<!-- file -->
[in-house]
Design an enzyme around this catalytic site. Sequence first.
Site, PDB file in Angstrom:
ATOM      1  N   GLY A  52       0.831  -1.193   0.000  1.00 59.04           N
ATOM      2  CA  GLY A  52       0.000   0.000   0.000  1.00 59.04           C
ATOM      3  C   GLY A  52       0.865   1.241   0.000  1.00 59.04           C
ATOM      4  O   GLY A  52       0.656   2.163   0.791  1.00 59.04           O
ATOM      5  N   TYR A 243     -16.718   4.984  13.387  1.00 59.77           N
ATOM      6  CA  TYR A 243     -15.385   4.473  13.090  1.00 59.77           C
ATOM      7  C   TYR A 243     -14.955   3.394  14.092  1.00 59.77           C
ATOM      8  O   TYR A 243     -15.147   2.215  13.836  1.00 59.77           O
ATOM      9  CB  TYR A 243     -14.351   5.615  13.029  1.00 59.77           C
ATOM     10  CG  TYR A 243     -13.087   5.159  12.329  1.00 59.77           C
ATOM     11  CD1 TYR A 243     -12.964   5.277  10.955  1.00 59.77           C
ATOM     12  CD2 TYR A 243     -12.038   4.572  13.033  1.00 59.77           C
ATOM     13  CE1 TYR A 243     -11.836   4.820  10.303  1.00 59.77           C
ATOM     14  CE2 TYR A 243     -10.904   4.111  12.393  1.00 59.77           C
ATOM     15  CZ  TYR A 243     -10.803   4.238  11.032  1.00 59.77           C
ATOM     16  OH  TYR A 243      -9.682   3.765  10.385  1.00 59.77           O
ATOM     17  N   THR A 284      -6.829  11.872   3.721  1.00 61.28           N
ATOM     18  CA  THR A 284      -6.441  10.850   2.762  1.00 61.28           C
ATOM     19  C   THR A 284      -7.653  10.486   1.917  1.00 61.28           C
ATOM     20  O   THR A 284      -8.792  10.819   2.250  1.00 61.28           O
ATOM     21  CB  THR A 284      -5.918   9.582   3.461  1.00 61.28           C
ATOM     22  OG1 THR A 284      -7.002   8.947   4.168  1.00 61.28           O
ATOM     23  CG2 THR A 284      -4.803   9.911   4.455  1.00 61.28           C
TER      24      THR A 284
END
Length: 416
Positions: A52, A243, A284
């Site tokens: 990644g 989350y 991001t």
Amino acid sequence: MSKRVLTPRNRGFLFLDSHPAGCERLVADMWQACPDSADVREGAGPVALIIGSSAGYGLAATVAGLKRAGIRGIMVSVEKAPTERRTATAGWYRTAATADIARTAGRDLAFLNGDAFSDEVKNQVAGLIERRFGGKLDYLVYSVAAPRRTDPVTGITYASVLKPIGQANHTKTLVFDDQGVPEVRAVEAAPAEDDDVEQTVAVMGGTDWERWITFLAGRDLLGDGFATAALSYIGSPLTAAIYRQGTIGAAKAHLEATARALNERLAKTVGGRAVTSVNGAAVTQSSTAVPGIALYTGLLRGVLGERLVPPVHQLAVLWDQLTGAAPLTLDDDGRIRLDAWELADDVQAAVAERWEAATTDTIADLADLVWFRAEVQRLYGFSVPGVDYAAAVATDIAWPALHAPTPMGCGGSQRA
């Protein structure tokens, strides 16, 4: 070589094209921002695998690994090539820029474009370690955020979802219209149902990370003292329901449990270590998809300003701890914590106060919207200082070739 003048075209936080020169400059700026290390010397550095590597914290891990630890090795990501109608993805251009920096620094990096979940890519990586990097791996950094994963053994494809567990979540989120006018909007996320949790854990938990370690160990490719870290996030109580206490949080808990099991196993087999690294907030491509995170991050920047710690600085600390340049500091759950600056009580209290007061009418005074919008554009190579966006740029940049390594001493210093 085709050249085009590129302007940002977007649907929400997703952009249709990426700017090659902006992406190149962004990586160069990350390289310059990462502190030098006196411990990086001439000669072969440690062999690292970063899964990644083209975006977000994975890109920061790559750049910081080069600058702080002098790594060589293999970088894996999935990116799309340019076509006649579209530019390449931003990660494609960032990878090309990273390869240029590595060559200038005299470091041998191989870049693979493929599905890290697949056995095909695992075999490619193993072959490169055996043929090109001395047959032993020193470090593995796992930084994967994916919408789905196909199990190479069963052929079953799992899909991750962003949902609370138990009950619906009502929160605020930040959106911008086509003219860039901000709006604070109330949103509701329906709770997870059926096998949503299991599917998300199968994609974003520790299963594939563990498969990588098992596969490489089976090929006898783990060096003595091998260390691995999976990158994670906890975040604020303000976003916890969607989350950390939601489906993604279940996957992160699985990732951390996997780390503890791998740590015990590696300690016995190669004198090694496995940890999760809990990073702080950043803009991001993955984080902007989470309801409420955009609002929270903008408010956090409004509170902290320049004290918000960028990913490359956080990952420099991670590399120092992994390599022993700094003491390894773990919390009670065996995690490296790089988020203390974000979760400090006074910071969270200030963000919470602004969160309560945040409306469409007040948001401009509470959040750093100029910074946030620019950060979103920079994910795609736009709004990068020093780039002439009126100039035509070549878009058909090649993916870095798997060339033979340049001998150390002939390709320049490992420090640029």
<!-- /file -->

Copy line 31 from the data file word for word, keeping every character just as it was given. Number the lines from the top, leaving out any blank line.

């Site tokens: 990644g 989350y 991001t």